But when we do something here, we're going to have a reason, but it's still made by you, and if somebody can't hang a pitch, you lose. But that doesn't make me sleep less when that happens. We prepare really hard to do what we think is right.
Q. Is there anything beyond won/loss record to see if a manager has an average job or less than average job?
TERRY FRANCONA: The things that bother me at the end of the game I don't think I've ever been asked about. Sometimes there's a runner on first and there's a pretty good base runner and we might put a slide step on and the pitcher throws a pitch that the hitter gets hit, nobody asks me this. Those are the things that concern me a little bit, that upset me a lot when I think we did something incorrectly. It probably goes a little farther than just the box score.
Q. Right along that line, but the Mulligan quote that we all love, when you say that Philadelphia was your Mulligan, what's different on your second swing?
TERRY FRANCONA: Well, to clear that up a little bit, I don't think you listened to the whole quote. I don't think that was very fair. That was -- I think I actually misspoke a little bit. But I also think if you listen to the whole quote I was very respectful to the Phillies and the people there. Since you're from there I just took it for granted.
My point was that four years of experience, just like a player doing something, when you do something and you have experience, you gain confidence. You can say you feel good about something but until you've actually done it, you haven't done it. Dealing with people, dealing with players, dealing with situations, the four -- losing four years in Philadelphia is not an easy thing to do. That's a tough place to do it. So I gained a lot of valuable experience.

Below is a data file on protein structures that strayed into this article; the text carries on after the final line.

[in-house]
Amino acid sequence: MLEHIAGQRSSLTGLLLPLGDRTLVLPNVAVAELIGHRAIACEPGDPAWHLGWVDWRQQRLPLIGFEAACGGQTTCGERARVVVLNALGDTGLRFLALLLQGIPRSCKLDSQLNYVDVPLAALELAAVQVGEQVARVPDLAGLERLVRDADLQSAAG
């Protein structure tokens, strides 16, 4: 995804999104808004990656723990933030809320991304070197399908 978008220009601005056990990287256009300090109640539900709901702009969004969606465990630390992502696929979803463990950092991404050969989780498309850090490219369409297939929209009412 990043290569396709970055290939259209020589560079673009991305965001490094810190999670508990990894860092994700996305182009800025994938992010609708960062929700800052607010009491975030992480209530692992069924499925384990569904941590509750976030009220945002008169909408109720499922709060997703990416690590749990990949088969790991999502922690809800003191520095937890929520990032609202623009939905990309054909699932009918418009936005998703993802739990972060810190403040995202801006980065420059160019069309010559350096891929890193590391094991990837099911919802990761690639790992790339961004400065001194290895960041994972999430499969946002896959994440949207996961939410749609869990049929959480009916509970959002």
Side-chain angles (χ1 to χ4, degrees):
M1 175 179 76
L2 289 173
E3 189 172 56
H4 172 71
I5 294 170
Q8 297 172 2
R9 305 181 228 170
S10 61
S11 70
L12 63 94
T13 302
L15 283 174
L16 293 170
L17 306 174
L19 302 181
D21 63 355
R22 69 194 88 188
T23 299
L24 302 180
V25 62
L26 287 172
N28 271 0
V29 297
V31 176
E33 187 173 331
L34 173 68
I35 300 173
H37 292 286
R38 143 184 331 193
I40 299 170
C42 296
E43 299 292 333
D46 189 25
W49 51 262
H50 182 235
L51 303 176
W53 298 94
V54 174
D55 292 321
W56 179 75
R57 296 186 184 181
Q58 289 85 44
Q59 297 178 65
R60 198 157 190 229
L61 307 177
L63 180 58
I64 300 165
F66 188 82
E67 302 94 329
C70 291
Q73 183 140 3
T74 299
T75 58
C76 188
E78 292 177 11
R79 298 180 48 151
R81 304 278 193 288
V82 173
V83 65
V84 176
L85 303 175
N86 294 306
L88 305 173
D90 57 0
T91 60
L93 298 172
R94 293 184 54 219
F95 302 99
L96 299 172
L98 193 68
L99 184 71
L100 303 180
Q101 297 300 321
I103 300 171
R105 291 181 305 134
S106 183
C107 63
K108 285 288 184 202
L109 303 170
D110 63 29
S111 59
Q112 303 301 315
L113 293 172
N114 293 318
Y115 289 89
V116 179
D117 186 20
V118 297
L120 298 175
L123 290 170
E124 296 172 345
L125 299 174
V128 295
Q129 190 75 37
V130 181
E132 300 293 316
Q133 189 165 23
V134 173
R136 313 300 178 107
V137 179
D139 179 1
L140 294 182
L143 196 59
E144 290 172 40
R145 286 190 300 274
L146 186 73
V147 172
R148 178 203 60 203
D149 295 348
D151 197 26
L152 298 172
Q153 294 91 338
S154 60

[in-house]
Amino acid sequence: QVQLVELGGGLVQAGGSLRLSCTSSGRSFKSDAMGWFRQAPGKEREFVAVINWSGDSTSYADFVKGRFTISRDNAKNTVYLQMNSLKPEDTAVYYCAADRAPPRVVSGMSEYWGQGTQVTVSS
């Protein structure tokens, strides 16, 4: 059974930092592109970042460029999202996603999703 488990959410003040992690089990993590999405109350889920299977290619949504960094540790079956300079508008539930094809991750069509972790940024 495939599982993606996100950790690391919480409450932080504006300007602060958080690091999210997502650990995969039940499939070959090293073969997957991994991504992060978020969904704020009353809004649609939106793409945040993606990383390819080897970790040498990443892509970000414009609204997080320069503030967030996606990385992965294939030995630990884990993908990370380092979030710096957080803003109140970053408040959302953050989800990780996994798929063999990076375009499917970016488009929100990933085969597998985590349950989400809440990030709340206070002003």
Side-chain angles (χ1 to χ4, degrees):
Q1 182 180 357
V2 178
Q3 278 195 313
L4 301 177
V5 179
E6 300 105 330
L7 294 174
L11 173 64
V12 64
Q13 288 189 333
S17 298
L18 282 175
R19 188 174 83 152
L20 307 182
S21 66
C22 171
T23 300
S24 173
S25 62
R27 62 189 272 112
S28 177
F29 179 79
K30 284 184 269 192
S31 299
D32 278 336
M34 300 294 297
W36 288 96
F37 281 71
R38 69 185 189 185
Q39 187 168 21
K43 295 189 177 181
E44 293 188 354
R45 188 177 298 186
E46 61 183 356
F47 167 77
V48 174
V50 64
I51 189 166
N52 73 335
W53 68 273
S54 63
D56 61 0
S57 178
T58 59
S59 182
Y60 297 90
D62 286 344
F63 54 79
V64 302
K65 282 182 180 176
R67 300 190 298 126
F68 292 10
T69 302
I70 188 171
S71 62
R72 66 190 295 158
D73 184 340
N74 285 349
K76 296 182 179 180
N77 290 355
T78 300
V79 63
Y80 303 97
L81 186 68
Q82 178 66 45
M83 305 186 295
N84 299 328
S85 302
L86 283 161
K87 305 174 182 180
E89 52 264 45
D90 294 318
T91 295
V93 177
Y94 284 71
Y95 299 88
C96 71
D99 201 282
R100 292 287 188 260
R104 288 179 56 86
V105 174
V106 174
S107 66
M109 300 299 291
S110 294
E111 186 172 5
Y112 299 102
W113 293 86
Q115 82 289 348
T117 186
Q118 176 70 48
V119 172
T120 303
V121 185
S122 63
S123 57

Q. How do you feel about Pedro not showing up in Anaheim and now again today?
TERRY FRANCONA: He's going to show up on the mound; that's what I care about. Whether he talks to you guys or not, I know it probably frustrates you, you can talk to me. I don't personally care. I want him to pitch really, really well.
Q. What does Jason Varitek give you that an average catcher, average Major League catcher beyond what an average Major League catcher would give a team, what has he done in the year that you've seen him operate with the pitching staff?
TERRY FRANCONA: It's not just with the pitching staff. It's with our entire team. Nothing he does is average. The very first, it was the second day of spring training with all of the players. The first day we didn't run a fundamental, but the second day we ran a bunt defense and I went back on his field and we were there about five minutes, because I had heard so much about him, I thought this guy, this is what you're looking for. Every time he was in a drill, it was run perfect. Even rundowns, things like that, this guy is the heart and soul of our team. He never quits. He cares so much about keeping those pitchers in line, he might be the first hitter of the inning but he's over there baby-sitting a pitcher. This guy is everything you can ask for in a catcher.